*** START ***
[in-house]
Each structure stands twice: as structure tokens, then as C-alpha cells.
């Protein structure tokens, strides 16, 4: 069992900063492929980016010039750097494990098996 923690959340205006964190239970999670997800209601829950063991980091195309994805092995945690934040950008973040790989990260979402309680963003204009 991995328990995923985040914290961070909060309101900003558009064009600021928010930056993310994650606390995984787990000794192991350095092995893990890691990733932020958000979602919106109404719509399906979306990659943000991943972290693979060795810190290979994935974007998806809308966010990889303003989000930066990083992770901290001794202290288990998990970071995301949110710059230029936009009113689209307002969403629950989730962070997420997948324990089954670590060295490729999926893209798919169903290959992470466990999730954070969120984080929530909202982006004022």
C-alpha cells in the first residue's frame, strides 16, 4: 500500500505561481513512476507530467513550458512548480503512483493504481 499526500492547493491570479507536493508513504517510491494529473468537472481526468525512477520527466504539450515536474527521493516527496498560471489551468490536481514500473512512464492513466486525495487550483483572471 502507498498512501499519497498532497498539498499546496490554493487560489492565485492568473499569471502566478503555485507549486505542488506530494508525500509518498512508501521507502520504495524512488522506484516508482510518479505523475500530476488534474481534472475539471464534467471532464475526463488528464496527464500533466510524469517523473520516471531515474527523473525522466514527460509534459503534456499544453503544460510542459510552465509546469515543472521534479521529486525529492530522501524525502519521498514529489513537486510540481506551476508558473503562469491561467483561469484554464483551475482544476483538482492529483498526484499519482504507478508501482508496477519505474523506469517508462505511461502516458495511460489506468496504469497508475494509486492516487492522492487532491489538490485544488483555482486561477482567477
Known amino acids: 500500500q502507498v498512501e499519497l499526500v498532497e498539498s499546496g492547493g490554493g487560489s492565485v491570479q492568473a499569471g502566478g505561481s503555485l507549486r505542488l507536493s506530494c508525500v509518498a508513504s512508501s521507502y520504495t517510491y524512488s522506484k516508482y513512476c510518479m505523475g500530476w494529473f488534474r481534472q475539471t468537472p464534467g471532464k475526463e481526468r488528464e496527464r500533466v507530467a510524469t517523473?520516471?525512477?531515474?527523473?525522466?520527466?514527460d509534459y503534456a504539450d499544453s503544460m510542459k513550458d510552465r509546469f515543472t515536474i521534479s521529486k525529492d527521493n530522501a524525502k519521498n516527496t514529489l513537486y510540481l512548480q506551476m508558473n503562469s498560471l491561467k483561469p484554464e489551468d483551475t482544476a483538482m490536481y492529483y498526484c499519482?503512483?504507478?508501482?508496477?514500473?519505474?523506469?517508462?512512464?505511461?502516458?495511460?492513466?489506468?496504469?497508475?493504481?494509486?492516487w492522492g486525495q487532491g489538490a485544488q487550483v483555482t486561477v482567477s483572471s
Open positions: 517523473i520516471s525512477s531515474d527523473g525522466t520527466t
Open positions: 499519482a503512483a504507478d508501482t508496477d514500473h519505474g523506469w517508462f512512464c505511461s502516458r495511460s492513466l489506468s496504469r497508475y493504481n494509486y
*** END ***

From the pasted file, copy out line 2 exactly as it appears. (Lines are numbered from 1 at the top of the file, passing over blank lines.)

Each structure stands twice: as structure tokens, then as C-alpha cells.